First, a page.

Memorial Day was memorable
By all accounts, Monday's annual Memorial Day ceremony at Oakwood Cemetery was one of the best ever.
A crowd of about 50 people, many of them decorated veterans, took part in the ceremony conducted by the Lloyd Beaton American Legion Post. The ceremony included two new twists -- a brass ensemble and a Navy bell ceremony -- that added to the event.
There was also a Junior Cadet ROTC group that provided the color guard. U.S. Army Col. Mark Marks of Lawrence delivered the address and touched a lot of hearts.
"I think to me, he personalized it with his time in Iraq and witnessing a soldier's death," said Lisa Robertson, Legion Post commander, whose son, Jared, returned earlier this year from serving in Iraq.
"It was very poignant," said Robertson. "A lot of people were touched by it."
People were touched in different ways at the ceremony. The Rev. Ira DeSpain, Baker University minister who opened the event with a prayer, agreed that this year's ceremony was special.
"It was a real meaningful day," said DeSpain. "It was great to be there. It was great to be a part of it. I was especially aware of the 20 men and women from Kansas that have died in Afghanistan and Iraq, especially Jake Butler from Wellsville and Scott Wasser from Ottawa."
But, DeSpain also admitted there was someone else weighing heavily on his mind Monday, too -- his son, Dan, who is currently serving his second stint in Iraq.
"Yes, I sure was thinking of him," said DeSpain. "I write him everyday in a journal and send it to him once a week. I was writing to him and thinking about the people who have died over there in his battalion. There have been 12 or 15. And of course, heavy on my mind was his continued involvement over there."
DeSpain said that currently his son is scheduled to return the last week of July. He knows that is part of the reason he's given the prayer the last few years.
"I've gone on many occasions," he said of the Baldwin ceremony. "I think with a son in the military is why they ask me. It's always a meaningful time and a meaningful experience for those that are there."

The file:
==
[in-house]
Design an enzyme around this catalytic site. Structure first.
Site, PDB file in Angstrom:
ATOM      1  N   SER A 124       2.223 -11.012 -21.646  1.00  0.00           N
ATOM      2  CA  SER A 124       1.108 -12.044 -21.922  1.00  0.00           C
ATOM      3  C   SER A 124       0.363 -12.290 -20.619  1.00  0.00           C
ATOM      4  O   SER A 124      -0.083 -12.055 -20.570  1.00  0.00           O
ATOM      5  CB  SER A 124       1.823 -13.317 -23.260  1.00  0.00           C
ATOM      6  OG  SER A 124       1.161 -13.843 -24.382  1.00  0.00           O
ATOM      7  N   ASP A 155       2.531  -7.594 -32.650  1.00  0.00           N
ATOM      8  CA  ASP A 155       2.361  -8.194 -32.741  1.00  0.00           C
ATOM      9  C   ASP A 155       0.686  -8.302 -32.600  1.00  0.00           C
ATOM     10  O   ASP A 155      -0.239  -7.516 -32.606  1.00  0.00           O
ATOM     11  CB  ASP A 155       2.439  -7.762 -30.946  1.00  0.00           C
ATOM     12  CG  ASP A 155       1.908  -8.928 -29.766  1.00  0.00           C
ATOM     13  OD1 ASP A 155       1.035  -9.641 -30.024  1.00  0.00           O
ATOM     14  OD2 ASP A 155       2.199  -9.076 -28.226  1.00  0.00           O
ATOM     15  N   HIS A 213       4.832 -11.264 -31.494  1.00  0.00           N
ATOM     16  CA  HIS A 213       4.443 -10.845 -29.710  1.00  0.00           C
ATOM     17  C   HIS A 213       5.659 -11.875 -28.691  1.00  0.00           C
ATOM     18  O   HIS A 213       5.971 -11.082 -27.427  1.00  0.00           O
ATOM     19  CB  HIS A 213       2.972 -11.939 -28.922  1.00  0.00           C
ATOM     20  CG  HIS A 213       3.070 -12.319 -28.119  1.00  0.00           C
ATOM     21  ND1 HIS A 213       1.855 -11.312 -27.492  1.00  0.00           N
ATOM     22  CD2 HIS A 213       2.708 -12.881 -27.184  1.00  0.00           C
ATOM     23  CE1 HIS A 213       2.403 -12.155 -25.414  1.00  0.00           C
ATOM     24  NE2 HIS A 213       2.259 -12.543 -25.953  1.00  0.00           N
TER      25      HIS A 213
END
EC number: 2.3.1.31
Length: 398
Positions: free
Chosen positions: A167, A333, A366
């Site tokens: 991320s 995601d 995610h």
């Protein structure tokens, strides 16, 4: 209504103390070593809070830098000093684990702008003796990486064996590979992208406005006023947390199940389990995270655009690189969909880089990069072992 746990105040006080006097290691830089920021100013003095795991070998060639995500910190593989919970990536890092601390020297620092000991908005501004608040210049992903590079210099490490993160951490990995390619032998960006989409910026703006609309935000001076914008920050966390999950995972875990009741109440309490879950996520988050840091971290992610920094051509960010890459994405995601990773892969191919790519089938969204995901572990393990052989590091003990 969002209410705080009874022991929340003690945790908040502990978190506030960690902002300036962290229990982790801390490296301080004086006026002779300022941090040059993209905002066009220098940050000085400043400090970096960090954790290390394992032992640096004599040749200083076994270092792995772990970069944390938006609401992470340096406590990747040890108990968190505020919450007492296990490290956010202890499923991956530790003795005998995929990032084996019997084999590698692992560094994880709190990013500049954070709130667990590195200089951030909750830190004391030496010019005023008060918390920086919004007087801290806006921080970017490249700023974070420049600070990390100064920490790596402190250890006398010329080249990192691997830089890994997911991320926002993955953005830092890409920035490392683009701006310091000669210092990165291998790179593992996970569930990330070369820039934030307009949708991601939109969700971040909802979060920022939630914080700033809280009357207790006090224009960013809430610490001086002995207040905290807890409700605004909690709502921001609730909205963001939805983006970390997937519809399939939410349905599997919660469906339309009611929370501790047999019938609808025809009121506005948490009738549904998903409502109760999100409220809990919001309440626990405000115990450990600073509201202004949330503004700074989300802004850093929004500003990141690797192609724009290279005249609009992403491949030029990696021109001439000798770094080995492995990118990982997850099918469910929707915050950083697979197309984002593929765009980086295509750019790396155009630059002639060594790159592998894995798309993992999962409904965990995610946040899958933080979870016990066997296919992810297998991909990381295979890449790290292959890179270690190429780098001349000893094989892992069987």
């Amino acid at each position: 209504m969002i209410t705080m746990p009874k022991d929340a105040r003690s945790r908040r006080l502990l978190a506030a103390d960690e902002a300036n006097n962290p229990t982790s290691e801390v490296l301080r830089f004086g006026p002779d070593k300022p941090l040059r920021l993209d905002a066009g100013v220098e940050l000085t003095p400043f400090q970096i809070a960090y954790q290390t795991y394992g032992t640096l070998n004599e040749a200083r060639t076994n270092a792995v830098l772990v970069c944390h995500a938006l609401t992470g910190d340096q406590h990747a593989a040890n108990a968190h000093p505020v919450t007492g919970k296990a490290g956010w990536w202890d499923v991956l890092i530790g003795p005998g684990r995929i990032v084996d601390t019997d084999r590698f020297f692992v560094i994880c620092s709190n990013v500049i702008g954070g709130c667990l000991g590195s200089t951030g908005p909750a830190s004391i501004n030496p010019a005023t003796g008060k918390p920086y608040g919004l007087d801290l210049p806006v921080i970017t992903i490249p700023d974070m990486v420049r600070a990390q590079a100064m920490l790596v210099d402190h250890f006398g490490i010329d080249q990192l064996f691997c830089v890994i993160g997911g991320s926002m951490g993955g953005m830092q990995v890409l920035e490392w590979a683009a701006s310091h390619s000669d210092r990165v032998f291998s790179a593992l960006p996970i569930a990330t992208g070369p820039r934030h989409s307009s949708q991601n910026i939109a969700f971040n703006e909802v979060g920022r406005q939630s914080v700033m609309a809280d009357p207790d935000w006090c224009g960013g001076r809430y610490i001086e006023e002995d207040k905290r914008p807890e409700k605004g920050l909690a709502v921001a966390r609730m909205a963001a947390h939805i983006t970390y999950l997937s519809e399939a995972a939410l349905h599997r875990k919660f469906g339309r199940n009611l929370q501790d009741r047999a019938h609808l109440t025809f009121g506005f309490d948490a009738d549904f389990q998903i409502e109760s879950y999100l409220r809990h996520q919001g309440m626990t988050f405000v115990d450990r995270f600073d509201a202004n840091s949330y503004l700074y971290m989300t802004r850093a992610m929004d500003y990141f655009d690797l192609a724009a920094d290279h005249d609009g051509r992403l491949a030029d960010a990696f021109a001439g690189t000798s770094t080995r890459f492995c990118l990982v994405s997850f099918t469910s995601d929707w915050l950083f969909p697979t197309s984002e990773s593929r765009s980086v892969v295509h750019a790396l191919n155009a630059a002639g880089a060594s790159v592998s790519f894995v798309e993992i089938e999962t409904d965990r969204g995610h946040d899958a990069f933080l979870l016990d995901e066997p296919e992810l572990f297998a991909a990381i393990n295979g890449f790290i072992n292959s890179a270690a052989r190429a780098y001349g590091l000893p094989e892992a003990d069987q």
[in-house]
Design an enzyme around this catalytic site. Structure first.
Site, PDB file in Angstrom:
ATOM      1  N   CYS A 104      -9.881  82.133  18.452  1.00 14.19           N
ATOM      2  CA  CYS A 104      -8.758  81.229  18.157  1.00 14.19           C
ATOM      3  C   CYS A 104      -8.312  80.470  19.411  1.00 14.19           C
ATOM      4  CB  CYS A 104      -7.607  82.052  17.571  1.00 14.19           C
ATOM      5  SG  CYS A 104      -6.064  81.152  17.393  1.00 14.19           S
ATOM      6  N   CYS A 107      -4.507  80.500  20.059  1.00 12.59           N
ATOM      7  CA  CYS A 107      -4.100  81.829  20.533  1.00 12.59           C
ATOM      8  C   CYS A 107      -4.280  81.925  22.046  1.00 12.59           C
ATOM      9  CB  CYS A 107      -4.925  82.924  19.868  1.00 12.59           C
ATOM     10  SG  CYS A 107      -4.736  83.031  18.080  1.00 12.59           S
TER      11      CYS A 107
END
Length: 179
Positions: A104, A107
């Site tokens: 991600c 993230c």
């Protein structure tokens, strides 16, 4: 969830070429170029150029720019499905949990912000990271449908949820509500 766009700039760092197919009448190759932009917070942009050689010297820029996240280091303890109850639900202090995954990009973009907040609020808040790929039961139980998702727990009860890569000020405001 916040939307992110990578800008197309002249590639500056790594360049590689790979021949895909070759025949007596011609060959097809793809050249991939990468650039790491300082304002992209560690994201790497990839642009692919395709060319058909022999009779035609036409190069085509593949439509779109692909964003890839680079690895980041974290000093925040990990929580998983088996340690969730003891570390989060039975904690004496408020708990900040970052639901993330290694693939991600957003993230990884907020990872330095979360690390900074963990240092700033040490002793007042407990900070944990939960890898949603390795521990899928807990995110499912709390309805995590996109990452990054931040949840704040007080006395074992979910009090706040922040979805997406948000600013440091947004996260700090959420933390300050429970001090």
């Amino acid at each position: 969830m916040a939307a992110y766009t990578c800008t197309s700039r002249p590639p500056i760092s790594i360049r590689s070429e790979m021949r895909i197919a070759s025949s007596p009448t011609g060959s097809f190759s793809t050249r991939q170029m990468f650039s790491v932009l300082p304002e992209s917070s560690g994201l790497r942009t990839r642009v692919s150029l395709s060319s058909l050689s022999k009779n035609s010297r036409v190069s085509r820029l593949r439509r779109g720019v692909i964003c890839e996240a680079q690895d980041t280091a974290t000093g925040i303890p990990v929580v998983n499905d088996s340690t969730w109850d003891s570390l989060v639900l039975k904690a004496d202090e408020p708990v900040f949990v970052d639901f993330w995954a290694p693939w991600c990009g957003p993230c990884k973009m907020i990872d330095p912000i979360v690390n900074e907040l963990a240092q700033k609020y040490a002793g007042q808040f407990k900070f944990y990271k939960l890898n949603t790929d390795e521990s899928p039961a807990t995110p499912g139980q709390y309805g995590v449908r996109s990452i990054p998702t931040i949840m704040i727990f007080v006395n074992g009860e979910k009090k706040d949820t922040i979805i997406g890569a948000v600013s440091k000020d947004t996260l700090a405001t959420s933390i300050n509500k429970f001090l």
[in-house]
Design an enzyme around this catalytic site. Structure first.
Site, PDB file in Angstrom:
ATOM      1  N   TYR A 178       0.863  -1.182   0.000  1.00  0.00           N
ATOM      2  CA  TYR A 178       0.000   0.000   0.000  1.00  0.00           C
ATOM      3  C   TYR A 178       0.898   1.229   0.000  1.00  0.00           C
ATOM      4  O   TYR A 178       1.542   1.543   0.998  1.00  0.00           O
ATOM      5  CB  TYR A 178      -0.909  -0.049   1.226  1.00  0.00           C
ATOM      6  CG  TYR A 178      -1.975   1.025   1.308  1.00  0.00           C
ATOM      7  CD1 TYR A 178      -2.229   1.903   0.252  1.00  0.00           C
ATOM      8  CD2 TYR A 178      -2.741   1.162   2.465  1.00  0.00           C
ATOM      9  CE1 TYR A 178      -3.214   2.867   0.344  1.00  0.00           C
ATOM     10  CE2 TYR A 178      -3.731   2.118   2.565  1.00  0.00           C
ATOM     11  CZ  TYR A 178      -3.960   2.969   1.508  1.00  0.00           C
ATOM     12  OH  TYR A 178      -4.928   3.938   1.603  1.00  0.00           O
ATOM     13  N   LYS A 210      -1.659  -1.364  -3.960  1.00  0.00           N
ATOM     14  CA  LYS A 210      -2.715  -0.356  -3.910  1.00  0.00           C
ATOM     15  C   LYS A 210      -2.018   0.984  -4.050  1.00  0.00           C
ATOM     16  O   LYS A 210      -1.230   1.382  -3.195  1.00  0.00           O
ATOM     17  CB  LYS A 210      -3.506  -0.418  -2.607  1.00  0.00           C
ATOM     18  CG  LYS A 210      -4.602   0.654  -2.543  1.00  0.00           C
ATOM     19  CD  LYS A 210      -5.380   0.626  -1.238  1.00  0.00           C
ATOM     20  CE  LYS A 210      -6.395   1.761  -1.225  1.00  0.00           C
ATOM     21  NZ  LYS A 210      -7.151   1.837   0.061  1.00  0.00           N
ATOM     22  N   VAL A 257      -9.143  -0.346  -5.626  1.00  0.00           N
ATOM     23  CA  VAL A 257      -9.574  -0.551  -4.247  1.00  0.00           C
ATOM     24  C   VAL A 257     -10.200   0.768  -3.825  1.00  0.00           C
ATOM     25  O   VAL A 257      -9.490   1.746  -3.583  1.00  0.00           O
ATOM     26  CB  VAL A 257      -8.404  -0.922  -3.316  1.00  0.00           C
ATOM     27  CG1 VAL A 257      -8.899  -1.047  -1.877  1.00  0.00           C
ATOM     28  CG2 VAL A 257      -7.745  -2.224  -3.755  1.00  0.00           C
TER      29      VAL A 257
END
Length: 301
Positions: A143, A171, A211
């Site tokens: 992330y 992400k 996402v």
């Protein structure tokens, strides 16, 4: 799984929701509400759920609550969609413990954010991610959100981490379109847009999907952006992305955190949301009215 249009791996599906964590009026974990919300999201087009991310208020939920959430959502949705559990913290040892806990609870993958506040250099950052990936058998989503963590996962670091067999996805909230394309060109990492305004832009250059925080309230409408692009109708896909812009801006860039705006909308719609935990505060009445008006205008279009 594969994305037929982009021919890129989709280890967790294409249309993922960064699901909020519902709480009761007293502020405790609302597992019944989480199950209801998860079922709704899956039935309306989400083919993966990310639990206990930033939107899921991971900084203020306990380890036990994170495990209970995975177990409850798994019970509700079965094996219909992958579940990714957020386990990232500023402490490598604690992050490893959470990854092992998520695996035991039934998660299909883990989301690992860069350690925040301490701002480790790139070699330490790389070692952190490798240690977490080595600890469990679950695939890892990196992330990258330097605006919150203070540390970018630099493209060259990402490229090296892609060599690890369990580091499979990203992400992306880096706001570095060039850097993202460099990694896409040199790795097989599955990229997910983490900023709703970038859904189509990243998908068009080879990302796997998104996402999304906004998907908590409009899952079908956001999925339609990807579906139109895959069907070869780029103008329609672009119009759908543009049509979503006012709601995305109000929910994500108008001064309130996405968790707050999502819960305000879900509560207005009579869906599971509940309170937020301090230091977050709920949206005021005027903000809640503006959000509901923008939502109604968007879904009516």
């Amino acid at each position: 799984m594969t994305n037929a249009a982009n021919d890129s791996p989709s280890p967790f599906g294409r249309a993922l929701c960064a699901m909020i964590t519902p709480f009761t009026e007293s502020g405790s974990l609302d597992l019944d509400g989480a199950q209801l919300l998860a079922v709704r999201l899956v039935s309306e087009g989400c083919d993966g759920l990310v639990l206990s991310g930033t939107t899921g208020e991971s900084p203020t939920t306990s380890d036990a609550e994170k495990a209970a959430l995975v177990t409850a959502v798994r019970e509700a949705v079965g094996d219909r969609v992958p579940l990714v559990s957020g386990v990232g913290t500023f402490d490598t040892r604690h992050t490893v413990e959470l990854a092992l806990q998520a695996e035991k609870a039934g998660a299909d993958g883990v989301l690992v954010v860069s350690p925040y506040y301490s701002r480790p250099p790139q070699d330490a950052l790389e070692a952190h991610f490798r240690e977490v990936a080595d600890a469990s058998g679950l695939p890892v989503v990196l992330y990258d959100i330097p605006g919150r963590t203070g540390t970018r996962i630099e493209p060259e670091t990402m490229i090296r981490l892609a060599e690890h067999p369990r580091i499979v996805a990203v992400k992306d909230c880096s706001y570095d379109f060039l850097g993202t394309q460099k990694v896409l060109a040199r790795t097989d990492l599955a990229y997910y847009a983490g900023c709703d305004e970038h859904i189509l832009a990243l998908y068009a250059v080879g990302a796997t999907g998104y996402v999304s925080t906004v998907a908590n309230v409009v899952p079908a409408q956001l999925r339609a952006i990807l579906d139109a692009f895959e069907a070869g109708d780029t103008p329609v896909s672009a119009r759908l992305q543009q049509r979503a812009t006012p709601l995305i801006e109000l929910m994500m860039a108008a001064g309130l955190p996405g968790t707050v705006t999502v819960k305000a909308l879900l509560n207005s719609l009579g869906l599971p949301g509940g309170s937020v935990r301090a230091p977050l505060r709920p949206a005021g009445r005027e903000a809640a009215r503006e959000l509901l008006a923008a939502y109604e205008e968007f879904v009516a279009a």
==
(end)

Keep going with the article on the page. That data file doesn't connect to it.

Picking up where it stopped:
Robertson thinks the band and the bell ceremony made a difference. The ceremony's details were her final project as Legion commander. John Hey takes over as commander in June.
The band was a brass ensemble from the Baldwin Community Band and was led by Will Cooper. The ensemble played several songs prior to the ceremony's start. The Navy bell ceremony allowed those in the audience to mention a loved one's service and the bell was rung twice.
"I think part of it was we had two different things this year," Robertson said of why people liked Monday's program so well. "Everybody really liked the brass ensemble and the bells."
Archer Carlson, a long-time member of the Post who has been attending the ceremonies for at least 60 years, was pleased with everything about the ceremony.
"I was very well impressed with it," said Carlson. "I was especially pleased with the bell ceremony and the brass band. I thought those were good additions.
"We had good attendance. We had 60," he said. "We also had 15 Legionnaires, which is over 10 percent of our membership. I thought Lisa did a good job with it. I thought Col. Marks gave a good speech. I thought it was very well received and I've had a lot of people comment to me about it."